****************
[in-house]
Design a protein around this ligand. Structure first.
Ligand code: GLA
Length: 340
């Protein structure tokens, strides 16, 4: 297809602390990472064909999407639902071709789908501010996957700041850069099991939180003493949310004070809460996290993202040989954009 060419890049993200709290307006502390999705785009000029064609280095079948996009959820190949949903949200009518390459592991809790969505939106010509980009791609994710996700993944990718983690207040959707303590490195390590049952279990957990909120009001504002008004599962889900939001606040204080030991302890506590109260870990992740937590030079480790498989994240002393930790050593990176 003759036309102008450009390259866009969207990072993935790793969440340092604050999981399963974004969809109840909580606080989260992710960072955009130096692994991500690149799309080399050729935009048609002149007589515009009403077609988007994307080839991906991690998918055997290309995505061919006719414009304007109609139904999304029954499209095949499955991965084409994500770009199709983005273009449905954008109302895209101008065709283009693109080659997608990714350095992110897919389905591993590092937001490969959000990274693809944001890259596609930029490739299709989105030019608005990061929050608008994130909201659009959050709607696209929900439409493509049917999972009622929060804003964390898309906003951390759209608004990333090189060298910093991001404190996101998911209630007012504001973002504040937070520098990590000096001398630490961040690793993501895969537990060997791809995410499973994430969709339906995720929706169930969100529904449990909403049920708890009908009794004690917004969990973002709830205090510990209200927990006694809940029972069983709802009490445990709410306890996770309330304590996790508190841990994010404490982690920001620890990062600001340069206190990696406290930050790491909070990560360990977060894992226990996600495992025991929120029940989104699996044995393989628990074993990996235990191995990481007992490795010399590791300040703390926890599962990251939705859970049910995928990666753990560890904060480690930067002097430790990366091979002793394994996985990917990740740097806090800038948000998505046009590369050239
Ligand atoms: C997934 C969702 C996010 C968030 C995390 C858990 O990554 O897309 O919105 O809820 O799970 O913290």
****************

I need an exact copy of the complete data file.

[in-house]
Design a protein around this ligand. Structure first.
Ligand code: GLA
Length: 340
């Protein structure tokens, strides 16, 4: 297809602390990472064909999407639902071709789908501010996957700041850069099991939180003493949310004070809460996290993202040989954009 060419890049993200709290307006502390999705785009000029064609280095079948996009959820190949949903949200009518390459592991809790969505939106010509980009791609994710996700993944990718983690207040959707303590490195390590049952279990957990909120009001504002008004599962889900939001606040204080030991302890506590109260870990992740937590030079480790498989994240002393930790050593990176 003759036309102008450009390259866009969207990072993935790793969440340092604050999981399963974004969809109840909580606080989260992710960072955009130096692994991500690149799309080399050729935009048609002149007589515009009403077609988007994307080839991906991690998918055997290309995505061919006719414009304007109609139904999304029954499209095949499955991965084409994500770009199709983005273009449905954008109302895209101008065709283009693109080659997608990714350095992110897919389905591993590092937001490969959000990274693809944001890259596609930029490739299709989105030019608005990061929050608008994130909201659009959050709607696209929900439409493509049917999972009622929060804003964390898309906003951390759209608004990333090189060298910093991001404190996101998911209630007012504001973002504040937070520098990590000096001398630490961040690793993501895969537990060997791809995410499973994430969709339906995720929706169930969100529904449990909403049920708890009908009794004690917004969990973002709830205090510990209200927990006694809940029972069983709802009490445990709410306890996770309330304590996790508190841990994010404490982690920001620890990062600001340069206190990696406290930050790491909070990560360990977060894992226990996600495992025991929120029940989104699996044995393989628990074993990996235990191995990481007992490795010399590791300040703390926890599962990251939705859970049910995928990666753990560890904060480690930067002097430790990366091979002793394994996985990917990740740097806090800038948000998505046009590369050239
Ligand atoms: C997934 C969702 C996010 C968030 C995390 C858990 O990554 O897309 O919105 O809820 O799970 O913290």